Pablo Casado, the PP’s candidate for prime minister in the upcoming Spanish general election, continues to reveal details of his plans for Catalonia. Not surprisingly, these are all similar in their intent; in other words, they are aimed at trimming, eroding and diluting self-government. His two most recent proposals, moreover, are somewhat degrading. The first is to make the Catalan police, the Mossos d’Esquadra, subservient to the Spanish National Police and Guardia Civil. According to the proposal, the Catalan police would be reduced to a mere auxiliary force reporting to the security forces of the state, lacking in autonomy and permanently subject to supervision.
The second, even more serious proposal, is to allow the Delegation of the Spanish government to suspend the Catalan government’s powers at its own discretion, whenever it detects "a lack of loyalty". Aside from being an initiative which is unlikely to adhere to the Constitution, it is clear that Casado and indeed all three of the trio of right-wing parties are already exploring ways to slip article 155* in via the back door without it being put to a vote in the Senate, which may well have a left-wing majority after the polls.
The message is clear: vote for me because I will find the way to suspend Catalonia’s home rule whenever I want via the executive, even if the PSOE blocks article 155 in the Senate. In reality, it is a means to establish emergency rule in Catalonia until its government is of the political complexion which Casado and his partners wish to see. At least Vox speaks its mind and openly declares that all autonomous governments ought to be scrapped and that there ought to be only one Parliament and one government for the whole of Spain. If the Partido Popular’s leader wishes to go down this path, he ought to propose changes to the Constitution, since the regions’ right to autonomy is enshrined within it.
Casados' problem is that he is not making these proposals with Catalonia and the welfare and concord of the Catalans in mind, but instead with the intention of wooing voters in the rest of Spain by appealing to their thirst for revenge due to their wounded pride. This also explains why his choice to head the PP’s Barcelona slate is not a candidate from the Catalan PP but instead someone like Cayetana Álvarez de Toledo, who has been parachuted directly in from Aznar's FAES [Fundación para el Análisis y los Estudios Sociales or "Foundation for Analysis and Social Studies", a right-wing think tank with strong ties to the PP]. What must the dozens of local activists who have spent years toiling away in a territory which is difficult for the PP think about Casado’s unilateral decision? Are any of them thinking of raising their voices or asking the PP’s headquarters in Madrid for some respect?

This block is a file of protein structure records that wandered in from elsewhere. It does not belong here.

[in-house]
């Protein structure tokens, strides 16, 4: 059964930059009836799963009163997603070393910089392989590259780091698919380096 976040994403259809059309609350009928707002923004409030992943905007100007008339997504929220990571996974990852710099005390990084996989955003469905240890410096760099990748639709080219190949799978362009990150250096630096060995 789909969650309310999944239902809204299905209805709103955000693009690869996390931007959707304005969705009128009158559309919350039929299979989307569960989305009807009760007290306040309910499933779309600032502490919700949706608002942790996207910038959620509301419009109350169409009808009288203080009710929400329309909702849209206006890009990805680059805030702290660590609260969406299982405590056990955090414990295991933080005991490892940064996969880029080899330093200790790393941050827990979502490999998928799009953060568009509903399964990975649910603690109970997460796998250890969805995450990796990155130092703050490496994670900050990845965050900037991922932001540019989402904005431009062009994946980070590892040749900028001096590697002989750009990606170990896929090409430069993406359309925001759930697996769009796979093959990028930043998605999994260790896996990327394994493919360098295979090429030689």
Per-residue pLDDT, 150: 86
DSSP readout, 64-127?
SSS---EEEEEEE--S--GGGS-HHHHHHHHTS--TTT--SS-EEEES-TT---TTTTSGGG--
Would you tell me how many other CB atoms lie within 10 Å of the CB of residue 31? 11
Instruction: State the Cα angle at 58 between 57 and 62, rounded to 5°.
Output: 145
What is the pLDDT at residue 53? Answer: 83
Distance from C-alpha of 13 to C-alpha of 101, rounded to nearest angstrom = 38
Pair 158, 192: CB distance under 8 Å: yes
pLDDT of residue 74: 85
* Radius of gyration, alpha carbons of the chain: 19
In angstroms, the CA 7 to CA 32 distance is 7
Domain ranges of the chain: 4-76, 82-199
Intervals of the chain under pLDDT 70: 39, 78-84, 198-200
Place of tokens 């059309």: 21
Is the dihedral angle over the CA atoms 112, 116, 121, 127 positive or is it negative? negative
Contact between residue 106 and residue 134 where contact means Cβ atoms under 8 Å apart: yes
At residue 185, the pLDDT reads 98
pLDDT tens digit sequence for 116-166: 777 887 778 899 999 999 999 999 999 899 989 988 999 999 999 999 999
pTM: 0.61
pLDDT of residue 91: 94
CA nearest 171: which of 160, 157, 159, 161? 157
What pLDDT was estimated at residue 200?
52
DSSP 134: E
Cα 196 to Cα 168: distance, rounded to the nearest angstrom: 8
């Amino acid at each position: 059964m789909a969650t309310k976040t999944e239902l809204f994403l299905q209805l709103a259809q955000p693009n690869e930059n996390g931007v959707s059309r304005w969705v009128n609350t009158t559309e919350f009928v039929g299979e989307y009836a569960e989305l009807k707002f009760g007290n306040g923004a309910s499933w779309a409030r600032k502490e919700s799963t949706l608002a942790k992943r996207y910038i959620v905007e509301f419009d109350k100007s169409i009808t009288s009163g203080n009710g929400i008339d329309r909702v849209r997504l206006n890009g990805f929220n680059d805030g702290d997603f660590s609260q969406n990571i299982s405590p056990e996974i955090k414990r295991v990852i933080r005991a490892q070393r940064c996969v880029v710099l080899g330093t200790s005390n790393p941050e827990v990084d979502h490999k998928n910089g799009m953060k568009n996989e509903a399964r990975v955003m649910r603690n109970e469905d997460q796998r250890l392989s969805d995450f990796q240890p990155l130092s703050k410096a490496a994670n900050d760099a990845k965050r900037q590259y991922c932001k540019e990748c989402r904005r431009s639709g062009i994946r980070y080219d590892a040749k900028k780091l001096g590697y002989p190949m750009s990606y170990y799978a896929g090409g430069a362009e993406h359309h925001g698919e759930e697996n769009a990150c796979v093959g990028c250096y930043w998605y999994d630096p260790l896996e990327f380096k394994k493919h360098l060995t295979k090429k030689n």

The PP and Ciudadanos are keen to make Catalonia take centre stage in the public debate in Spain, as if there were no other issues worthy of interest which directly affect the Spaniards’ lives. Without Catalonia, they would effectively have nothing to say or have any means to spearhead their campaign. Nevertheless, when it comes to winning an election, not anything goes. The right has been devoted to disturbing coexistence and stirring up hatred against the Catalans for many years (by starting a petition against the Catalan Statute, organising campaigns opposing language immersion and so on) in order to serve its own electoral interests. And then, when a sizeable part of Catalan society disconnects from the Spain they represent, they have but one answer: more repression and more attacks on self-government.
*Article 155 of the Constitution allows the Spanish government to take control over an autonomous government. It was triggered in Catalonia following the events of October 2017. The extent to which the state takes control, thanks to the ambiguous manner in which the article was written, is the subject of much debate.